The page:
The history of humanity’s love of being scared resonates back through the ages so much, that it has become subconsciously ingrained into the imagination of society, deep into every dark crevice of human psychology. Think about it; some of the earliest games parents play with their young infants is “Boo.” This is where a parent hides behind something, like their own hand, to then subsequently removes it and says “boo,” in turn provoking a simultaneous joyful/terror-stricken jolt from the infant where they squirm around as if not knowing how to react.
Where did it all begin? Halloween or “All Hallows Eve,” is one of the few times of the year that both Western Christian civilizations and non-Christian civilizations conjure up festivities that include costumes, watching scary movies and decorations of scary images.
This secular, community-based holiday began back with the ancient Celtic pagan festival of “Samhain.” People would light and dance around bonfires, dressed in costume, to ward off evil or roaming spirits. Some traditions were adopted by the eighth century rising Catholic Church. Pope Gregory III would decree that Nov. 1 be “All Saints Day,” where saints and martyrs were honored. Aspects of “Samhain” were utilized in the day before “All Saints Day,” which was referred to as “All Hallows Eve,” now Halloween.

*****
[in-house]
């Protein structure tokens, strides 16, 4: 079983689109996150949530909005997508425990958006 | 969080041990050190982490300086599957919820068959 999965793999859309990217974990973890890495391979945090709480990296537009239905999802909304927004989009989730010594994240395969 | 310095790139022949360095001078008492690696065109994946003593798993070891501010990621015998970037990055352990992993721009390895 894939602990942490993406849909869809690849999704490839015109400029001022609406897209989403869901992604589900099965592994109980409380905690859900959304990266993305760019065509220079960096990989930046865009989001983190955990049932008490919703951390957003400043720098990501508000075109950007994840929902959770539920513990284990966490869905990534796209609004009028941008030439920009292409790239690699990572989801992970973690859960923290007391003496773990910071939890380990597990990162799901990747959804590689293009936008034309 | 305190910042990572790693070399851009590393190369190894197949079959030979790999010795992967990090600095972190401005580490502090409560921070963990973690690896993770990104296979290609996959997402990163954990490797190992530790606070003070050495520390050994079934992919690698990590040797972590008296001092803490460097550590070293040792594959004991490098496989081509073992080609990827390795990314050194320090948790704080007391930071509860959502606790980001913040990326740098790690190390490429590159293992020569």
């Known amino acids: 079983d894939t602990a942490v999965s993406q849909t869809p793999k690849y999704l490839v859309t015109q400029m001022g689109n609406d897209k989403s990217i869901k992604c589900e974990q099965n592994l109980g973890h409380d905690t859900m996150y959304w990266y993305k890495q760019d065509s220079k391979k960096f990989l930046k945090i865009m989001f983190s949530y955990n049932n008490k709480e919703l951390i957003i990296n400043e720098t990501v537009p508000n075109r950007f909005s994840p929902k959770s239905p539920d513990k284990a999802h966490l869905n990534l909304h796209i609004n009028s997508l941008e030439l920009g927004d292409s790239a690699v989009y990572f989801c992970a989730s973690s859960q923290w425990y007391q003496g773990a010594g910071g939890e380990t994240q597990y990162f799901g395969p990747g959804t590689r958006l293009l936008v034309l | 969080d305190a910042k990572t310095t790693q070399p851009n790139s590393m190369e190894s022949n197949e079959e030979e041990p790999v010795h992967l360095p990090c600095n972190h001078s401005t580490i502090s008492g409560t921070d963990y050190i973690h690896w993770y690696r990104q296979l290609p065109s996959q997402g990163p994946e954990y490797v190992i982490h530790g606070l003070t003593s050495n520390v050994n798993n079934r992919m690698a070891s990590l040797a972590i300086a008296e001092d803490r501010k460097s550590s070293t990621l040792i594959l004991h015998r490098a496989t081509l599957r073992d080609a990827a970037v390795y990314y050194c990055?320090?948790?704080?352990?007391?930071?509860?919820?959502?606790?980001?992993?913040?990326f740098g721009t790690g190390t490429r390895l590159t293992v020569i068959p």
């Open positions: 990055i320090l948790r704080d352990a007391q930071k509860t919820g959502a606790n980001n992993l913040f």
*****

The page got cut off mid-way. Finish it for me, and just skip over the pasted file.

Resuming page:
Halloween is a holiday with superstition, some a skewed of truth as well as glaring fantasy. Honed around the themes of mystery and magic, traditions are rooted in many religiously notable times in human history. For instance, the superstition of having black cats cross one’s path being bad luck dates back to the Middle Ages when the belief was that witches would turn themselves into black cats in order to avoid detection.
The idea of Halloween, even down to its roots historically, is highlighted by a core belief in spirituality. During “Samhain,” the ancient Celts would not only dress up in order to ward off roaming spirits bad or unknown but also to commune with dead relatives or friends, as opposed to now where spirits of Halloween are viewed more diabolical in the sense that they are evil or demonic. Every ghost is viewed as scary or visually unappealing in order to generate the commercial profit machine that has become a stamp upon Western culture.
Over time Halloween has become an ingrained American tradition, as well as the second highest commercial holiday of any holiday. It is estimated that Halloween brings in around $6 billion annually.